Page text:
Growing up, my family wasn’t really the kind of family who got into sports teams or would go on outdoor adventures together.
All of our adventures were in the shared experience of the cinema.
Some would say I was deprived, but I don’t see it that way at all. I feel like I have learned more from watching films than I could’ve in any other way. To be honest, watching films has changed my life, I thought it would be fun to come up with a list of the five that have changed me the most. Hopefully, it inspires you to think of your own!
For me, nothing beats "Star Wars," and as a kid nothing occupied my daytime fantasies as much as "Star Wars." The story of a boy from a small town with big dreams really resonated with me, and inspired me to dream big. Nothing has ever inspired me to be creative like "Star Wars." I’d never seen anything like "Star Wars," and wanted to create something as unique and exciting. It’s honestly the reason that I’m a writer.
I watched this film in one of my history classes for the first time, and was blown away by it. I had never been so caught up in a story that wasn’t "Star Wars." I was amazed with how the director Frank Capra was able to show a mirror of political ugliness in the face of the culture of his time and address issues that they needed to deal with, while also offering a beautiful picture of hope for his generation and an ideal to strive for. A great story should challenge us, and I felt very challenged by this story; to be brave and honest in the midst of adversity and believe that there can be a better tomorrow if we fight for it together. These are ideals that I gleaned from this film and I still believe strongly today.
I LOVED the first "Spider-Man" movie with Tobey Maguire; so much so that my dad and I went to go see it twice in a row when it first came out in cinemas. So, when I went to see the second a few years later, I was cautiously optimistic. How could it top the experience of the first film?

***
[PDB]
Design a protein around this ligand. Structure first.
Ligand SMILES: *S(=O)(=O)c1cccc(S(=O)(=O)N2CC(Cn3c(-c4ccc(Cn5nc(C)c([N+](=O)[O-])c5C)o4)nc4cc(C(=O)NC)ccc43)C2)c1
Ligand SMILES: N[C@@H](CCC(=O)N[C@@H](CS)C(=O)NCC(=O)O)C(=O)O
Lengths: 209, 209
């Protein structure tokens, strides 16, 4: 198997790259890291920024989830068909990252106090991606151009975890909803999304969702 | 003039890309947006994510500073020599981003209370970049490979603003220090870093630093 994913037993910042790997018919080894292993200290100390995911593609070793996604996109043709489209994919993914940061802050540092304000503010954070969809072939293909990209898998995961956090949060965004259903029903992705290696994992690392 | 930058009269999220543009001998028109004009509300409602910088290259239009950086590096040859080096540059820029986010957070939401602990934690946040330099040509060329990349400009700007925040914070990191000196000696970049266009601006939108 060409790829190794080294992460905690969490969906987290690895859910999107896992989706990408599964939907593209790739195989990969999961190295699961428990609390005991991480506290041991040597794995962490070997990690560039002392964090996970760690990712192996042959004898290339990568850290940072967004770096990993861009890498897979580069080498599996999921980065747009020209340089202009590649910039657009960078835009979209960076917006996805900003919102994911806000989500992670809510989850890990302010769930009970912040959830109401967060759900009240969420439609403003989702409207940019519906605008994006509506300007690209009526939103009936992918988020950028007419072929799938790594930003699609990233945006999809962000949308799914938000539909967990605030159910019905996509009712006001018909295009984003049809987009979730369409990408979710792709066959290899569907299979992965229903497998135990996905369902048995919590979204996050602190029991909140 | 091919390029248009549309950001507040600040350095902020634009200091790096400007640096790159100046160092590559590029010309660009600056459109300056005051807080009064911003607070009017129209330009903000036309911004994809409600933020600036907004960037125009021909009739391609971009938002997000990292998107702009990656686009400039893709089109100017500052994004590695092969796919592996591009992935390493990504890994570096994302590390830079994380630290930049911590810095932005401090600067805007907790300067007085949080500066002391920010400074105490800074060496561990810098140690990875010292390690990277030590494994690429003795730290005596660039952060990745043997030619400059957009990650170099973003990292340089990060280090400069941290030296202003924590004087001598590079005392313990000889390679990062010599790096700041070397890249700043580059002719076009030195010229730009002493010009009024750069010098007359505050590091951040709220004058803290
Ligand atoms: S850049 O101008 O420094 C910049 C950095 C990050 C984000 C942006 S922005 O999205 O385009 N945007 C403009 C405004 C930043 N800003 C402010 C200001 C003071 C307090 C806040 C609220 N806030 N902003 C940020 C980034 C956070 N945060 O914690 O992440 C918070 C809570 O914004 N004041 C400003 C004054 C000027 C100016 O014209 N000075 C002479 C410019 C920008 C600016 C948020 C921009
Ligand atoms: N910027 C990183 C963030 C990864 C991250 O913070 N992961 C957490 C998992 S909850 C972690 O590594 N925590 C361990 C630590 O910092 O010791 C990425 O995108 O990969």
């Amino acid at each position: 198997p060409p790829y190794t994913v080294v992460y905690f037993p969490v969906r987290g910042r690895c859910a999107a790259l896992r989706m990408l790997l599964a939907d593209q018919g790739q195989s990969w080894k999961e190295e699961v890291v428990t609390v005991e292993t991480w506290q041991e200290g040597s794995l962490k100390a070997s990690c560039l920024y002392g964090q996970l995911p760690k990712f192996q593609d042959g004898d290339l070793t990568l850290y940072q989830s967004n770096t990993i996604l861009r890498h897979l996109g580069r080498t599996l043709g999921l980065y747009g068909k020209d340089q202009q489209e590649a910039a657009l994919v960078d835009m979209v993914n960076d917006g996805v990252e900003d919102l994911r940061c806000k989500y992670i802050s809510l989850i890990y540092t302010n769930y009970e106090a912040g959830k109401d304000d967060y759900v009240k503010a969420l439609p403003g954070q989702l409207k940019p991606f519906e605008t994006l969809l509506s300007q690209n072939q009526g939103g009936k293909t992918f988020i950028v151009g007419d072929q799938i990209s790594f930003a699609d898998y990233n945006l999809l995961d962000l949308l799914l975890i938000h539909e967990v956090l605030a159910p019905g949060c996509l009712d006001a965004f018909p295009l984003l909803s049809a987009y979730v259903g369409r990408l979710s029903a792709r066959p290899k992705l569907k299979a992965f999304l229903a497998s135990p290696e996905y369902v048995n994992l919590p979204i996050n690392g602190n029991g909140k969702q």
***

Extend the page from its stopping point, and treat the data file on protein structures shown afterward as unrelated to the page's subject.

Well, it exceeded it. Not only was it a more enjoyable film than the first, but it spoke to me in a deep way that very few films have. The message of the film was that superpowers don’t make you a hero, it’s your willingness to sacrifice yourself for others. It’s cheesy and over the top, but also very true. It changed the way that I thought about my life, and made me want to live my life for others rather than just for myself.
I avoided watching this film for a long time, but there was always something unavoidable about it for me. This film not only challenged me when I first watched it, but it continues to challenge me to this day. The protagonist struggles to be perfect in all things, and this struggle *SPOILER ALERT* eventually leads to her death. It’s a powerful fable about the destructive nature of perfecting yourself rather than accepting yourself, flaws and all. This is one of the biggest struggles of my life, and I appreciate the daring ways that this film deals with the subject matter, and challenges me to to deal with it personally.
I rented this film because I felt obligated to watch it as a filmmaker. I never anticipated that I would enjoy it, let alone sob throughout it and have it become my favorite film of all time. It’s the only film that I’ve ever watched that I made people sit down and watch it with me directly after I saw it. They didn’t appreciate it as much as I did (and it seems like very few people do), but I feel like my brain was just on the same wavelength as the director. Almost never do I consider watching a film a spiritual experience, but I cannot deny that watching this film was a profoundly spiritual one. Terrence Malik’s abstract, poetic take on suburban life in the 1950’s and the creation of the world, from beginning to end, not only informs the visual aesthetics in my own films and videos, but it continually challenges my priorities and reminds me that there is something worthy of my total trust and gratitude.
Those are 5 films that changed my life, so how about you? What films have you watched and never been the same?